Linked by Thom Holwerda on Tue 27th Oct 2009 00:37 UTC
Features, Office In the comments on our editorial about language purism and the Psystar case, it became quite clear that language is a subject almost everyone has an opinion on - not odd if you consider that language is at the very centre of what makes us "human". Since this appears to be a popular subject, let's talk about the influence computing has had on two very minor aspects of the Dutch language.
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RE: Comment by kaiwai
by cefarix on Tue 27th Oct 2009 04:42 UTC in reply to "Comment by kaiwai"
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Well, for one thing, it enriches the expressiveness of the language. It's also a very natural, human thing. My native language Urdu, also has male and female genders for all nouns and verbs are modified according to the gender of their subjects and objects. In fact, in Urdu, and many other languages, its not possible to say something without a gender involved.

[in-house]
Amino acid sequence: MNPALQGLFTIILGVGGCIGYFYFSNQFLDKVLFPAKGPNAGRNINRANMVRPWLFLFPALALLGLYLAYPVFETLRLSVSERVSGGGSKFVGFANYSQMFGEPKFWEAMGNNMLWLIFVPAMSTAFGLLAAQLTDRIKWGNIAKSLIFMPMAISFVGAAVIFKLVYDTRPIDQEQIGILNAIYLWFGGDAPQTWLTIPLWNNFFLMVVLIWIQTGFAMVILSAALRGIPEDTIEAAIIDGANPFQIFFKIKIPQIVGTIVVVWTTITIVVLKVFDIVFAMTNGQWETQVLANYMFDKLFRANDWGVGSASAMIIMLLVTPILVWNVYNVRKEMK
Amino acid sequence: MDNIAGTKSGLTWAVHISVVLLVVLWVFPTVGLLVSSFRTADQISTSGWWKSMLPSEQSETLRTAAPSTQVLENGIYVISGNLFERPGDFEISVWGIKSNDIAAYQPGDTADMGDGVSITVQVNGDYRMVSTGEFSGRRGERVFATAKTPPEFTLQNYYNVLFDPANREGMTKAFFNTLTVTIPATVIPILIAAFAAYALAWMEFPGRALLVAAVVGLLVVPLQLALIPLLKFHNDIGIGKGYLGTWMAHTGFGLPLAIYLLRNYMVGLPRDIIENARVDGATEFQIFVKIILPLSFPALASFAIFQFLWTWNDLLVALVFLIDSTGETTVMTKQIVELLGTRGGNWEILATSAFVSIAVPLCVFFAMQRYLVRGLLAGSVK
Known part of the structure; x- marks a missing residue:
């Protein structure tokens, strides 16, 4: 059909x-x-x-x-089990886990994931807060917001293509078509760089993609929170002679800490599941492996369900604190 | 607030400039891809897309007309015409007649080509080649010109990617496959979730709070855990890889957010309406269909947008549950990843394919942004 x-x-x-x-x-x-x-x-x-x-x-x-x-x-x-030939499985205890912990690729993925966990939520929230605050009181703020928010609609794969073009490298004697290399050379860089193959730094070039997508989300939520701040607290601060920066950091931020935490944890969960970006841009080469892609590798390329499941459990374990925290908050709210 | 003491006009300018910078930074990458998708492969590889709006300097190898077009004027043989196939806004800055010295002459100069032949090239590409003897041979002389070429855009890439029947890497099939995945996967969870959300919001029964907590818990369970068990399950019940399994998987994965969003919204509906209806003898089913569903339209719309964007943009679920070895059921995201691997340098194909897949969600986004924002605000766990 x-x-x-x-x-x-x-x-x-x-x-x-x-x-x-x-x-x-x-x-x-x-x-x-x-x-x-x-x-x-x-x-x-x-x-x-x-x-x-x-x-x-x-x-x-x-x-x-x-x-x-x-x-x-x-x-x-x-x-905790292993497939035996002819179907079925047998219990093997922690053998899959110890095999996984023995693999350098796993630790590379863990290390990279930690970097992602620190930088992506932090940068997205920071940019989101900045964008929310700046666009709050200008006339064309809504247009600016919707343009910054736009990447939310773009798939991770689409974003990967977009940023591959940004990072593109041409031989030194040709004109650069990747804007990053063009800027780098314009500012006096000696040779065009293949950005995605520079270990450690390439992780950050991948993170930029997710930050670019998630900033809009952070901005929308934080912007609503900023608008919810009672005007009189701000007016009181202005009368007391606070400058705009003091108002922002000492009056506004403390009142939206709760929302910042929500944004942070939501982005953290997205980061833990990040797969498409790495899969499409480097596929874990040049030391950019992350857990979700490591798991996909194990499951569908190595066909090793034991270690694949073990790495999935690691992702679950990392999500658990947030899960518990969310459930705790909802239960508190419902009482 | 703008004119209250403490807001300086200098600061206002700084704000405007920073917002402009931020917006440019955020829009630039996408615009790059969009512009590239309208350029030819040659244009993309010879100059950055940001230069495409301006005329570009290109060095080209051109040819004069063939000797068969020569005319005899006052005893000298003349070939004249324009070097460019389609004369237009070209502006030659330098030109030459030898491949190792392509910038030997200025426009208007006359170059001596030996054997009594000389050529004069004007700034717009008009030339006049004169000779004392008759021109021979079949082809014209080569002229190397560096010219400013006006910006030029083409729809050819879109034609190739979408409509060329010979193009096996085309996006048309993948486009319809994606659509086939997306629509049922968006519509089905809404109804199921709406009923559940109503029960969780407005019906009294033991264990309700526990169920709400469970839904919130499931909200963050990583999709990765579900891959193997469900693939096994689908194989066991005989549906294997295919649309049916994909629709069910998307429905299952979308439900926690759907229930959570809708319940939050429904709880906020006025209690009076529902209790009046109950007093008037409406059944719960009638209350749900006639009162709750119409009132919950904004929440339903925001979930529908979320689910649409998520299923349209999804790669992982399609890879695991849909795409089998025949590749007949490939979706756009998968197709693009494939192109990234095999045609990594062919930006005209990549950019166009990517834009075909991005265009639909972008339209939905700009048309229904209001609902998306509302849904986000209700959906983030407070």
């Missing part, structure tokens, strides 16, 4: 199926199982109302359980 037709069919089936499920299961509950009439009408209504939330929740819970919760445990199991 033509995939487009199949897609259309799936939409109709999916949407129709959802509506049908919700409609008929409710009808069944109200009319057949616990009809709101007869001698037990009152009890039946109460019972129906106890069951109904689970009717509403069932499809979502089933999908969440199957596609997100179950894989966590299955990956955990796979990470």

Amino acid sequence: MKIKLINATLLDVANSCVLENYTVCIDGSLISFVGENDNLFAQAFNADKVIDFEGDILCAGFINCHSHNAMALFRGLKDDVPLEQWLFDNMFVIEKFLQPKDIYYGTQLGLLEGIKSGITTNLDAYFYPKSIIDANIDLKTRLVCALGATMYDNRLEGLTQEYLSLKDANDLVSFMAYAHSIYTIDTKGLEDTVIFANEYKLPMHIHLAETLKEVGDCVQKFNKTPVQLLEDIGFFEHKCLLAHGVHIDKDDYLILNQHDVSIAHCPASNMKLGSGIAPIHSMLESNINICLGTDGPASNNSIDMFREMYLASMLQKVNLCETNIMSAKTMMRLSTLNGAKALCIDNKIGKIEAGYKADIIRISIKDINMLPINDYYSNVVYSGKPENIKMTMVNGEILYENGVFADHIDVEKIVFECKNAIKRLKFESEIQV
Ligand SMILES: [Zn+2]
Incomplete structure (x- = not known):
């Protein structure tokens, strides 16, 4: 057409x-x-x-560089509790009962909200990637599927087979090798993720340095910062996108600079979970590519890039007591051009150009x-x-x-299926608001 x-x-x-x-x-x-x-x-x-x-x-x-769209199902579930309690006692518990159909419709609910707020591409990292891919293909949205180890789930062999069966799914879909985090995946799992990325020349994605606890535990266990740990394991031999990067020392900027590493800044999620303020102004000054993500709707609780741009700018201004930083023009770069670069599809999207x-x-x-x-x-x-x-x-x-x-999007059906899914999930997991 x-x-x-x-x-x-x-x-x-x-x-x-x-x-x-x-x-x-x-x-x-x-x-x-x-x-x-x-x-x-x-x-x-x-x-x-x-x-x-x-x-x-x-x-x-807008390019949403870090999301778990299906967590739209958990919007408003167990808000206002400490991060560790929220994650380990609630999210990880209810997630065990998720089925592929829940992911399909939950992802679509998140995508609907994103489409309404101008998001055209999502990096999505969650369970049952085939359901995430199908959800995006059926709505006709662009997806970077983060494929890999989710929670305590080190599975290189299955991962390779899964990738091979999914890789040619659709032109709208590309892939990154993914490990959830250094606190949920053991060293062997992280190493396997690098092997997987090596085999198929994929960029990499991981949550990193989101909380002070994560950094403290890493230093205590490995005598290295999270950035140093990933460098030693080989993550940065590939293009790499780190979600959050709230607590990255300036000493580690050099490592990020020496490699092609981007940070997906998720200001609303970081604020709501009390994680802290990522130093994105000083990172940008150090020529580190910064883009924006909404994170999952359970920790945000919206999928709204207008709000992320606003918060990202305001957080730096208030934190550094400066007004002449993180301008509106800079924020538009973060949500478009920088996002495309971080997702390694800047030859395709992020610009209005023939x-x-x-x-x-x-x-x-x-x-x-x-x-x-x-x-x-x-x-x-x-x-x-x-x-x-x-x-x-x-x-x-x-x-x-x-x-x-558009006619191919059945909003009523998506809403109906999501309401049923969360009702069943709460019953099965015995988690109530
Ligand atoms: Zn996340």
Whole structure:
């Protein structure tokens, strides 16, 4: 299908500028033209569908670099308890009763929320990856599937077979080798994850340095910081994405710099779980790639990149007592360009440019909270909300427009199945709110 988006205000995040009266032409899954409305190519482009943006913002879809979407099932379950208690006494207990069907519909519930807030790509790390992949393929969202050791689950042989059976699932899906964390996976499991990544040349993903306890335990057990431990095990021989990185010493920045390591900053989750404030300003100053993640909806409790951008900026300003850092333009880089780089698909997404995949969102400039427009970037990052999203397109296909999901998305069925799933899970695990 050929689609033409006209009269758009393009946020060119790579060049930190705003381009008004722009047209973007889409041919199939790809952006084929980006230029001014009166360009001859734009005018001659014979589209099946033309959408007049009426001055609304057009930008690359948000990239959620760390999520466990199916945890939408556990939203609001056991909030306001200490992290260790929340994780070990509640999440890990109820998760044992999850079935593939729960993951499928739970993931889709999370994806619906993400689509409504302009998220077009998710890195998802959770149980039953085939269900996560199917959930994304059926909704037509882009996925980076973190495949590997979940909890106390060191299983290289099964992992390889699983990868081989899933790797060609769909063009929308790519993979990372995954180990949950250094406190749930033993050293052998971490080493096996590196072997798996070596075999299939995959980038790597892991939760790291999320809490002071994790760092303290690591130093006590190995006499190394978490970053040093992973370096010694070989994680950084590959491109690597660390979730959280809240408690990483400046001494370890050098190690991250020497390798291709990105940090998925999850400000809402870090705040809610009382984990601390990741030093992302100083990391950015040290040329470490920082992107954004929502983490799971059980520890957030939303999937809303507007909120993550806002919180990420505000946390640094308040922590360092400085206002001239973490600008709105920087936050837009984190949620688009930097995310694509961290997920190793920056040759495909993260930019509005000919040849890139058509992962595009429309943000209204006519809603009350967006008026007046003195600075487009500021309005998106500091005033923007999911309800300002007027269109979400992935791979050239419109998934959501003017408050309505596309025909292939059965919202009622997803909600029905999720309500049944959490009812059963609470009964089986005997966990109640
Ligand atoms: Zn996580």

To remove gender from say, French, would be as wrong as saying "Me hot" instead of "I am hot" in English.

Why is it there? Because that's how the French language developed: it was there in Latin, and it was there in Proto-Indo-European, and beyond that, we don't know.
What purpose does it serve? It conveys information, just like any other part of speech.
Does its absence result in something lacking in content? Yes, indeed.

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